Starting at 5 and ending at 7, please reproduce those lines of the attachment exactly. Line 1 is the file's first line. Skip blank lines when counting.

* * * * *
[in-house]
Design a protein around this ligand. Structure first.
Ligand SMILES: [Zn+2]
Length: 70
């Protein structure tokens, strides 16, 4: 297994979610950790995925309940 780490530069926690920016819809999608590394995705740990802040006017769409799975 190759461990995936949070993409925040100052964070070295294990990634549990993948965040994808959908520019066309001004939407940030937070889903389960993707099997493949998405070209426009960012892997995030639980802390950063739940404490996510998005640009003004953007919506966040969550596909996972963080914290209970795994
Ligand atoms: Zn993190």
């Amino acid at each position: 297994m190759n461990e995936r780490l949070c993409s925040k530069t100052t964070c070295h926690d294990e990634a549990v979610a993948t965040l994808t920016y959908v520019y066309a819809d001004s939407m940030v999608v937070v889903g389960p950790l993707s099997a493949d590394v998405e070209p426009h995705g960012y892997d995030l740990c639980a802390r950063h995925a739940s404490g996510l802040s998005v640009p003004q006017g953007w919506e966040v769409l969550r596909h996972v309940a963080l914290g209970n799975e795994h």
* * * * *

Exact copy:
């Protein structure tokens, strides 16, 4: 297994979610950790995925309940 780490530069926690920016819809999608590394995705740990802040006017769409799975 190759461990995936949070993409925040100052964070070295294990990634549990993948965040994808959908520019066309001004939407940030937070889903389960993707099997493949998405070209426009960012892997995030639980802390950063739940404490996510998005640009003004953007919506966040969550596909996972963080914290209970795994
Ligand atoms: Zn993190």
């Amino acid at each position: 297994m190759n461990e995936r780490l949070c993409s925040k530069t100052t964070c070295h926690d294990e990634a549990v979610a993948t965040l994808t920016y959908v520019y066309a819809d001004s939407m940030v999608v937070v889903g389960p950790l993707s099997a493949d590394v998405e070209p426009h995705g960012y892997d995030l740990c639980a802390r950063h995925a739940s404490g996510l802040s998005v640009p003004q006017g953007w919506e966040v769409l969550r596909h996972v309940a963080l914290g209970n799975e795994h």